(It is springtime, and the windows are all open. We are in chemistry class when we hear a commotion from the history classroom across the corner. The American History teacher, who LOVES history, and waxes dramatic about it, is in the middle of describing a great battle, complete with sound effects. Exactly which one, we cannot be sure of, although it clearly involves bombs, explosions, and noisy violence. The chemistry teacher pauses and the class falls silent as we all listen. After a few moments, the chemistry teacher speaks:)
Teacher: “Gosh, I sure hope we’re winning!”
My school has a cafeteria with high ceilings and windows with ledges about 30 feet up the wall. My classmates have been adamantly practicing the bottle flipping that has been going around the Internet, but as the class clown I know I can’t be outdone by some freshman with a sports drink bottle.
The cafeteria sells special juice bottles that I decide will he perfect for my stunt. I buy one, empty it to about right for bottle flipping, and stand near a wall. Keep in mind I haven’t told anyone what I’m going to do, but soon a couple people see me and the entire cafeteria quickly silences.
I can see the administrator giving me the stink eye, but I don’t let that stop me. I toss the bottle up and by some stroke of luck it lands perfectly on the ledge and the whole room fills with cheers.
I got detention for a lunchroom violation, but each day another food item appeared on the ledge. First there was applesauce, then a box of milk, another water bottle, and finally a sandwich, before the school finally posted an SRO near the ledge to watch for people like me.
I am taking a Calc 1 test in the Student Assessment Center (I have ADD and am allowed double time for exams as a result), and it just so happens to be the day before my 21st birthday. For kicks and giggles, I decide to write on the front of the test, “I’m turning 21 tomorrow. B-Day bonus points, please? :)” as a joke, not expecting anything to come of it.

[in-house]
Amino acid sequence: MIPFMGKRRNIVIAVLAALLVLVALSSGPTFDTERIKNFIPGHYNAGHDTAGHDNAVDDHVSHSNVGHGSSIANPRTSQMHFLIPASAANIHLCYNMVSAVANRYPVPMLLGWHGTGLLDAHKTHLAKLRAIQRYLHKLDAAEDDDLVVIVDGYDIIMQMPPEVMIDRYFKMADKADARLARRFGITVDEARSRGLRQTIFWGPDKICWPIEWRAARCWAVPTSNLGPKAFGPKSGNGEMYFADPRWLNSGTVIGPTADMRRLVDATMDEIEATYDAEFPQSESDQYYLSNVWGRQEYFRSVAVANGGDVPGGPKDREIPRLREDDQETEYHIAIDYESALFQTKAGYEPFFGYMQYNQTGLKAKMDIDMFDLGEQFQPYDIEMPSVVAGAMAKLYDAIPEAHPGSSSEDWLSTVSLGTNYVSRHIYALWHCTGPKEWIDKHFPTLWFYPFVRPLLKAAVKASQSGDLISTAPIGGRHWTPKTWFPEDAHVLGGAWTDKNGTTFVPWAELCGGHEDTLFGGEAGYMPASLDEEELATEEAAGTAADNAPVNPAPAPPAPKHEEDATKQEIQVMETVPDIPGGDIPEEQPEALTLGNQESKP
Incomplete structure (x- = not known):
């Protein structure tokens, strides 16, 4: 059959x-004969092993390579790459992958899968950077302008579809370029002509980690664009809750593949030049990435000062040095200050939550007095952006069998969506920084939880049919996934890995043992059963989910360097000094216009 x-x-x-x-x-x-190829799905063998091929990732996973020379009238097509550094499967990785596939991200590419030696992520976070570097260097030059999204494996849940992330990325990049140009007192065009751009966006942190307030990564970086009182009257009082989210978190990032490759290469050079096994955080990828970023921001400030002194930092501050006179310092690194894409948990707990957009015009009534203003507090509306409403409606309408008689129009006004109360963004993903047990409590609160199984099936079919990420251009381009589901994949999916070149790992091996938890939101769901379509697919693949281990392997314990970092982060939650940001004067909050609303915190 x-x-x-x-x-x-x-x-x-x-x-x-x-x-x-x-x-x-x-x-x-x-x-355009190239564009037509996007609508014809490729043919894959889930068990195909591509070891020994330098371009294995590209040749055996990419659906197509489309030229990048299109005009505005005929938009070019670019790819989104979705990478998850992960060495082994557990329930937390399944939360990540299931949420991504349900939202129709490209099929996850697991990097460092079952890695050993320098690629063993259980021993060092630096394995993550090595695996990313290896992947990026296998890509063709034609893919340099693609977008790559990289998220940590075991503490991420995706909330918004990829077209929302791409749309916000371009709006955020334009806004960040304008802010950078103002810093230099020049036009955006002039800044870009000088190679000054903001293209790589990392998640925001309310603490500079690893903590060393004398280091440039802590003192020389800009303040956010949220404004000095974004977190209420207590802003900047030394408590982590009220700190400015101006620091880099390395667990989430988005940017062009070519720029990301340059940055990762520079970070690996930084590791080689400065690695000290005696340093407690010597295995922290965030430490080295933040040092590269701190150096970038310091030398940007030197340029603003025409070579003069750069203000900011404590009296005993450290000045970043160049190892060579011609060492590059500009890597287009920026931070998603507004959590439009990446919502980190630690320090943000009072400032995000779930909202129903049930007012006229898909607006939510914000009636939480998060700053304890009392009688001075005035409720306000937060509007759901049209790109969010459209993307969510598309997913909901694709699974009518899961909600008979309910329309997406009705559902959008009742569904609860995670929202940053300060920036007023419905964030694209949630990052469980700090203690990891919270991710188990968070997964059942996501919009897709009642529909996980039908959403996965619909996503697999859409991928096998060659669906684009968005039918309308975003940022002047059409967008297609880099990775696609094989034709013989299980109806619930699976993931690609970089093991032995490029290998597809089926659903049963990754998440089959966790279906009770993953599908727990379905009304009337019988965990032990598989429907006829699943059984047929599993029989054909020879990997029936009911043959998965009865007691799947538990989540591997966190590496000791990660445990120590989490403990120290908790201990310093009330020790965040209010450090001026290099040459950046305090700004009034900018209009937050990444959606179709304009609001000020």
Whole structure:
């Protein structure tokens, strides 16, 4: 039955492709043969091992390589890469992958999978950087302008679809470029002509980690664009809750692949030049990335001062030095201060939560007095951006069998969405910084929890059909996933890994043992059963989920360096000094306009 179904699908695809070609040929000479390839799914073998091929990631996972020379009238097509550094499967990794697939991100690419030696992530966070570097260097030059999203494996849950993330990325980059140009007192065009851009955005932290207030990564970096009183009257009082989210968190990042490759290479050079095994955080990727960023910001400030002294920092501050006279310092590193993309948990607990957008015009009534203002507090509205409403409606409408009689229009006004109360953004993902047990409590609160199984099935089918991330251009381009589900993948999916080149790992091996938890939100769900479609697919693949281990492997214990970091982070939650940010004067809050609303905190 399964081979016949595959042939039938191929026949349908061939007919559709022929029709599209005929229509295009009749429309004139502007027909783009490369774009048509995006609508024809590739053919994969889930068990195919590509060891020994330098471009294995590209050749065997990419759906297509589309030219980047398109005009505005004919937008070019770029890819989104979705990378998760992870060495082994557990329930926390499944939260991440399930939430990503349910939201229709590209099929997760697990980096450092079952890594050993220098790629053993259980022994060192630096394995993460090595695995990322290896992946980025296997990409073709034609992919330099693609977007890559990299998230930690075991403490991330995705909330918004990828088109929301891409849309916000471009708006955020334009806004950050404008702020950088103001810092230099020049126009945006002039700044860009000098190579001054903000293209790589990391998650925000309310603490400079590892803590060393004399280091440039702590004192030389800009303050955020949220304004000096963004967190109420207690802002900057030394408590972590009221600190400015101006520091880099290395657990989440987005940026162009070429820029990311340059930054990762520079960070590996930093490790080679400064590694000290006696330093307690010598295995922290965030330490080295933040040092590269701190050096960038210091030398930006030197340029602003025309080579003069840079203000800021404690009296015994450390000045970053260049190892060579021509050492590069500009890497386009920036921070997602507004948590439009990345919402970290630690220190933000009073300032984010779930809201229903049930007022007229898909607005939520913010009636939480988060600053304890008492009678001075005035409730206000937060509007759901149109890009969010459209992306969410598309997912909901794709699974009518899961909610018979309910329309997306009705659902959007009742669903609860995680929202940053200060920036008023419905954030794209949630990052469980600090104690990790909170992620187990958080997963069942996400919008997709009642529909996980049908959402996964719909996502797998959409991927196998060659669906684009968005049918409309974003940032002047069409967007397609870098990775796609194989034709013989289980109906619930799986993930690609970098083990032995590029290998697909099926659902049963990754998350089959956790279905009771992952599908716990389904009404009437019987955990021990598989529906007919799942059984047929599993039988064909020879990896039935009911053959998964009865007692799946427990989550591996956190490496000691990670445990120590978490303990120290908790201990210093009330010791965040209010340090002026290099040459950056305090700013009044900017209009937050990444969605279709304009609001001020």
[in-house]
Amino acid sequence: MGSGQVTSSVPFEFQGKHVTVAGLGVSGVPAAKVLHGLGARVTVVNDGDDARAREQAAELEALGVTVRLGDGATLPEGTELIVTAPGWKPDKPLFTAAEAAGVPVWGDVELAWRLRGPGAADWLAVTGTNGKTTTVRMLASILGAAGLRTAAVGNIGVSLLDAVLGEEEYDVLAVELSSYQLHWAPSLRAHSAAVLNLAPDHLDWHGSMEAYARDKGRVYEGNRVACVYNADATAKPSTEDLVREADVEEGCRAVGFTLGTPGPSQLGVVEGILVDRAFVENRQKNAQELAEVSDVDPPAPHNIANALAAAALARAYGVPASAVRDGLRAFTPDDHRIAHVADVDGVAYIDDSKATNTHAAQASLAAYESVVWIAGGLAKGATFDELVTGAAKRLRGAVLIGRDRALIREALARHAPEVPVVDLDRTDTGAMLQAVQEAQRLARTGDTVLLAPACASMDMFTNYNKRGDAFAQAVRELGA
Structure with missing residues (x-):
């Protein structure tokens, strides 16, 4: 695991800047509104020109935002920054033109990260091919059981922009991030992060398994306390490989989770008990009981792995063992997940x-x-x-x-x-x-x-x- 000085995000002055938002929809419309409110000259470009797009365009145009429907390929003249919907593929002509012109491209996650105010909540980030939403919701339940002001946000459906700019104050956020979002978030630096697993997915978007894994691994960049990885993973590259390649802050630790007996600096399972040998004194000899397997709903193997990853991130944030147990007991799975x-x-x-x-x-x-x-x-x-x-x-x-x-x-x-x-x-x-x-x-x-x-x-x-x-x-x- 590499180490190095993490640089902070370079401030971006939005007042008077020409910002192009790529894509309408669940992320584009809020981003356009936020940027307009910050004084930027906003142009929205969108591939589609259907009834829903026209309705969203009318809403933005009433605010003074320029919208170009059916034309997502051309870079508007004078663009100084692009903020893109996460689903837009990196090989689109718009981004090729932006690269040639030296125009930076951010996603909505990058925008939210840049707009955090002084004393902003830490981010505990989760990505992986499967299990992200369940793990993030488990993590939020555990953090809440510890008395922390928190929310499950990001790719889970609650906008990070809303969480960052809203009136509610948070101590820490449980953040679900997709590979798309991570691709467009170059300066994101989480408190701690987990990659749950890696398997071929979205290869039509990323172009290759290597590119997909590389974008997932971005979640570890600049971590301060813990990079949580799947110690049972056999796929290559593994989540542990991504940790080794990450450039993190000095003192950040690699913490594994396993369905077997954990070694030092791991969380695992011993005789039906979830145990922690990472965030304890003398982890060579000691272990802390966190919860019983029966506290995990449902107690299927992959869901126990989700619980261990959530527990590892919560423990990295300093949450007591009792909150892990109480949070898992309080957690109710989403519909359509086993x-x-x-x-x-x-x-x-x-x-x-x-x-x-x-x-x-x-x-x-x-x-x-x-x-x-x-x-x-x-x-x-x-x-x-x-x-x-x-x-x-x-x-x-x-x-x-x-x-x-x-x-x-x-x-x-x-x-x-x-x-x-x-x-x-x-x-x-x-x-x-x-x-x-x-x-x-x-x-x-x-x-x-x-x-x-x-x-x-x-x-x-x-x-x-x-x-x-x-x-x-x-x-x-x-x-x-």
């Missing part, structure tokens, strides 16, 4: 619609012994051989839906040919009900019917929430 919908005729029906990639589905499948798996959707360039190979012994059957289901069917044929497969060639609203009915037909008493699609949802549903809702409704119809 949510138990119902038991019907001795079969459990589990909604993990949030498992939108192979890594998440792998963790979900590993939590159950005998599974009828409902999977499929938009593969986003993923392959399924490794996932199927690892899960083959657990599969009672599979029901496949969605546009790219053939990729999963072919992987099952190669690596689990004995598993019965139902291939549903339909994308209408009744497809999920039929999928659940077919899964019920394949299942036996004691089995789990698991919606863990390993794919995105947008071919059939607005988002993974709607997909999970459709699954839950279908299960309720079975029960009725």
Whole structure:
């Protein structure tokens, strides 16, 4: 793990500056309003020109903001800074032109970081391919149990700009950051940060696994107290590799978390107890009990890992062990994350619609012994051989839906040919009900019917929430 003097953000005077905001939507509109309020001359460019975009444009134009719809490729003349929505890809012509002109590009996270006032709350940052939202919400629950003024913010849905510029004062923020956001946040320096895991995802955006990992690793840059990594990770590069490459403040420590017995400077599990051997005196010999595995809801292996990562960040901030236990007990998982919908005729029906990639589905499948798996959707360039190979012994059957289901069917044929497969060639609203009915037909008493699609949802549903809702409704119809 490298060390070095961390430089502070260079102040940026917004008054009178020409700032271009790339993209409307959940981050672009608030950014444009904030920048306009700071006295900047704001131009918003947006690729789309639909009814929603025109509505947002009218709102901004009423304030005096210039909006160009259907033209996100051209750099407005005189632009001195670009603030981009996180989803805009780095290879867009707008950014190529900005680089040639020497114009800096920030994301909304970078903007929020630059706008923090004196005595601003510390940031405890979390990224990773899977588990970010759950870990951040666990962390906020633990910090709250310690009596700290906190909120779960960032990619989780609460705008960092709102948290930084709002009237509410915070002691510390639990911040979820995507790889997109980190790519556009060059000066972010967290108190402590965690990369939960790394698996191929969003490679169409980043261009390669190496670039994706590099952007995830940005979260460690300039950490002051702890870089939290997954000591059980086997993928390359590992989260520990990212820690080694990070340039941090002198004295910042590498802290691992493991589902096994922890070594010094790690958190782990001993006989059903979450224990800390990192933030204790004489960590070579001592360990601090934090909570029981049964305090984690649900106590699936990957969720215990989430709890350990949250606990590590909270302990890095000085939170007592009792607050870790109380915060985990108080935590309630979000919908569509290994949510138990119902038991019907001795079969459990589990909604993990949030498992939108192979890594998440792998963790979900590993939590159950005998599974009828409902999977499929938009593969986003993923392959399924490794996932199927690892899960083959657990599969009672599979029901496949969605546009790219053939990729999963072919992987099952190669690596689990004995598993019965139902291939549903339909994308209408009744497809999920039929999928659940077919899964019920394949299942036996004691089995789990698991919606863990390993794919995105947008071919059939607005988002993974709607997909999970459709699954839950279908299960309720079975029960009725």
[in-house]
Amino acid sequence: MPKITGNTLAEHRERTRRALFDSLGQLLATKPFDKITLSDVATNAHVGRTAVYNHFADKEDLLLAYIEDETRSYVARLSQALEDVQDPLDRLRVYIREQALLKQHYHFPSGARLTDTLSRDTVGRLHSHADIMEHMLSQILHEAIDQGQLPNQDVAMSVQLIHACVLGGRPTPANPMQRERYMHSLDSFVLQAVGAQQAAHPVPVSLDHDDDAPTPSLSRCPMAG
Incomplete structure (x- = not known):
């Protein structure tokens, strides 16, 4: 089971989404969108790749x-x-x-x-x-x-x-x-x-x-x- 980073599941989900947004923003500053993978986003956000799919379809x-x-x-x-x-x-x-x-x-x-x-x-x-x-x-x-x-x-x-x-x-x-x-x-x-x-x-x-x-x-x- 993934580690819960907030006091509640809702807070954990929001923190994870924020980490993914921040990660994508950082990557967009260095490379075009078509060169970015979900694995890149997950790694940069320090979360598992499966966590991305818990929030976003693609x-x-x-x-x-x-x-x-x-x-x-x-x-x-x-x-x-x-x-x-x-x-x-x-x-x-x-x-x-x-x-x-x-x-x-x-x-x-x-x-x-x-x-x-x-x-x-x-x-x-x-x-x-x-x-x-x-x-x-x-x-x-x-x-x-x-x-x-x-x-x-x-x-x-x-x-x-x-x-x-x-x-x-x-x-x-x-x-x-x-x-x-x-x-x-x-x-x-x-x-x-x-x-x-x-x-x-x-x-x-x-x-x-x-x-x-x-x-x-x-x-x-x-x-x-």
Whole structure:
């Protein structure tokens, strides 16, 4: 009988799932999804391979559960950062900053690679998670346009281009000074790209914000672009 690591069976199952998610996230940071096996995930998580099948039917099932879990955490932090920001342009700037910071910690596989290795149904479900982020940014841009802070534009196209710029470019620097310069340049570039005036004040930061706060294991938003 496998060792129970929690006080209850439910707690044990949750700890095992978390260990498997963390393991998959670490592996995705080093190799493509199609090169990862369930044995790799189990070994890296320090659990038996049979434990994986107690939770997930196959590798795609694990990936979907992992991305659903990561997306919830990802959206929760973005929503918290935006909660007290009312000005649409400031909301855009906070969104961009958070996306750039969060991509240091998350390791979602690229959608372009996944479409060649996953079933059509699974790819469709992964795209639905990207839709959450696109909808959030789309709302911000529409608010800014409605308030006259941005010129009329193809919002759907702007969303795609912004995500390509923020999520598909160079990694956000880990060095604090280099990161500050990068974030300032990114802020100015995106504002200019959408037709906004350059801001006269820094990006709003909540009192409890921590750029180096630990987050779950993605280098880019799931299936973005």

On a semi-related note, one of the questions on the front gave us a graph and, among other things, wanted us to list at what points the derivative of the function, labeled as “f'(x)”, equaled 0. Unfortunately, I and several others didn’t see the apostrophe and thought it was asking for what points “f(x)” equaled 0. Many facepalms were had when he went over this (and some other problem questions, but that was the real “duh” moment) on the board before handing back the tests.
However, when I got mine back, I noticed that my note was circled, he had drawn an arrow between it and the incorrectly answered problem, and he had written “I won’t count off. There are your free points! =)” next to it.
It was only two or three points, not even enough to change the letter grade, but I was still surprised that he had actually gone through with it.
(This happens in an Earth Science class. We are honors students in eighth grade, and we have just started the class. We’re talking about density vs. size and weight, etc.)
Teacher: *holding up two rocks* “Which one do you think is more dense?”
Student: “Uh, the bigger one?”
Teacher: “Okay, we’ll see about that.”
(She picks up the bigger rock and THROWS IT AT HIS HEAD. It bounces off silently. It was actually made of very lightweight Styrofoam!)
Teacher: “See? Size doesn’t always mean density. By the way, I like to do that at parent-teacher conferences. It scares parents.”
(It is the new school year and I am in a class with these two girls:)
Teacher: “Please use pencils, in case you make a mistake.”
Girl #1: *audibly* “I’ll use pen.”
Girl #2: *also loud* “Yeah.”
(A small while later, it is revealed that the teacher ‘accidentally’ got two definitions mixed up.)
Girl #2: *looking around at everyone erasing* “Oh, my god.”
Girl #1: “I’m so triggered right now.”